Acumen Journal of Sciences, May 20th, 2003
Sticklers for accuracy: Tiny needles provide better treatment for restenosis, diabetes and more.
News Analysis (The Acumen Journal of Sciences) — The hypodermic syringe hasn't changed much since its invention in 1853 - needles still hurt, and they deliver drugs to specific organs with little more accuracy than a shotgun. But advances in integrated circuit fabrication have made it possible to manufacture needles so tiny they can introduce highly accurate doses of a drug painlessly and, when necessary, with pin-prick precision.
Kirk Seward, chief technology officer of the start-up EndoBionics, began working on microneedles in 1999. He was a Ph.D. student at the University of California at Berkeley, studying with mechanical engineering professor Al Pisano, a former program manager for the microelectrical mechanical systems (mems) program at the Defense Advanced Research Projects Agency (darpa). Dr. Seward's background in catheters and mems manufacturing gave him the idea to integrate a microneedle into a catheter, creating a tiny syringe with many intriguing applications. "Our original thoughts were for heart disease or cancer therapies, where you don't want to have a lot of possibly toxic drugs washing through the system or getting filtered out by the kidneys and liver," he says.
Now, thanks to a cash infusion in late 2002 from the medical device firm Medtronic, EndoBionics is testing its trademarked MicroSyringe for use in treating restenosis. This renarrowing of the arteries occurs in about one-third of patients who undergo balloon angioplasty, stenting, or other coronary artery surgeries. To prevent restenosis, a drug-coated stent is often implanted at the time of the angioplasty.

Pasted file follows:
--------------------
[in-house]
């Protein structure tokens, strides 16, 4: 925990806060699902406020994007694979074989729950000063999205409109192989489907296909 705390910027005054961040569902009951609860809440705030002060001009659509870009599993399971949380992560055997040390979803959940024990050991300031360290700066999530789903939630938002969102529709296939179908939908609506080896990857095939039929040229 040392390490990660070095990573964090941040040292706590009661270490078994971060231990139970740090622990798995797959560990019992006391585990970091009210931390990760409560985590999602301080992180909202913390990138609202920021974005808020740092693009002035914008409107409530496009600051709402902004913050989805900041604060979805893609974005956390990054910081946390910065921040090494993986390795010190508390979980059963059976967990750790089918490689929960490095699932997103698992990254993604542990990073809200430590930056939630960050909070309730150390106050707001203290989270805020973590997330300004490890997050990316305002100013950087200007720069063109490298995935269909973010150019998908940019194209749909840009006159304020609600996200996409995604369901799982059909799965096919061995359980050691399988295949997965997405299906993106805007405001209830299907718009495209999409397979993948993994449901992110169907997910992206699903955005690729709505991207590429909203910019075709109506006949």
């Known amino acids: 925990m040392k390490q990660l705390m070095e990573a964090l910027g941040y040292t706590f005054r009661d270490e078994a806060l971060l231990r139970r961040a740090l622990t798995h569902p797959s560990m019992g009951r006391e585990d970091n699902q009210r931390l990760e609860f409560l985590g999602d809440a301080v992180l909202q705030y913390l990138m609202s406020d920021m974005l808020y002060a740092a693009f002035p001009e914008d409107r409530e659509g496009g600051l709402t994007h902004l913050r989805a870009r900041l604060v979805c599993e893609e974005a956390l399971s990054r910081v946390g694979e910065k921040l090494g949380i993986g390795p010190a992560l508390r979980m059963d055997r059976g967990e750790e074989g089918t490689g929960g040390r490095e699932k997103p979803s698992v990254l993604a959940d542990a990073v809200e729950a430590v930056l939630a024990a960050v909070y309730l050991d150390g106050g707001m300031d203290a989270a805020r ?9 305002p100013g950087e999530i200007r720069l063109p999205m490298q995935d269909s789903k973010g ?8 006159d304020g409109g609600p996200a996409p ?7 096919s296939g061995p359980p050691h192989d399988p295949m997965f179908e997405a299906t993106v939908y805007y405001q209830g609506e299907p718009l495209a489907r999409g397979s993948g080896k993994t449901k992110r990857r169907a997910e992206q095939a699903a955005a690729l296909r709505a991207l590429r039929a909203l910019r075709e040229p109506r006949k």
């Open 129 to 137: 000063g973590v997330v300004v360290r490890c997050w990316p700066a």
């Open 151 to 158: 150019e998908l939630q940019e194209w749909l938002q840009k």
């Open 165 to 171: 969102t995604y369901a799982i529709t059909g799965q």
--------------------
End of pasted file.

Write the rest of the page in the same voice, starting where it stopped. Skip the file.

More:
EndoBionics proposes using a 1.5 mm-diameter catheter tipped with a balloon and threaded through a tiny incision in the patient's thigh. A 1 mm-long microneedle about 130 microns in diameter-the thickness of two or three human hairs-is attached and folded safely into the balloon's surface. When the catheter reaches the desired artery, the balloon is inflated and the microneedle penetrates the arterial wall, injecting its contents into the adventitia, the artery's outer layer of tissue.
Preliminary studies in pig arteries have shown that drugs delivered to the adventitia permeate the site of the blockage much more thoroughly than solid-form drugs from drug-coated stents. The company hopes to begin testing the device in humans next year and receive Food and Drug Administration approval for a restenosis application by 2005. Applications in other therapeutic areas will follow.
The microneedle can also make standard skin injections less painful and more precise. Dr. Pisano co founded the startup TheraFuse, which has developed a prototype insulin-delivery system about the size of a poker chip that attaches to the skin with adhesive. A preloaded, disposable capsule delivers insulin continuously through a 120-micron stainless steel microneedle. The device's pressurized reservoir propels the fluid, while a snap-in, reusable, chip-driven component meters the dosage. TheraFuse expects to start testing the device on animals in May 2003 and to have a product out by late 2005.
Still in the lab stage is the microneedle's most promising application of all: with funding from darpa and Becton-Dickinson, UC Berkeley bioengineering professor Dorian Liepmann has developed a tiny all-in-one syringe that shoots freeze-dried drugs into the skin painlessly through an array of up to 100 microneedles. Patients self-administer the doses by pushing the 10-mm-by-10-mm device-nicknamed the chiclet for what it resembles-against their skin for a few seconds, which forces the dry drug out of the reservoir, through the microneedle channels, and into the skin.
The chiclet's appeal for distributing vaccines and antibiotics in developing countries is enormous: the freeze-dried drugs don't require mixing, can be stored indefinitely, and can be distributed safely to patients to self-administer. It could also be used to deliver drugs that are dangerous or ineffective when taken orally, as a time-saving device for paramedics, for bioterrorism attacks, and in space. And it doesn't even hurt.
— Bonnie Azab Powell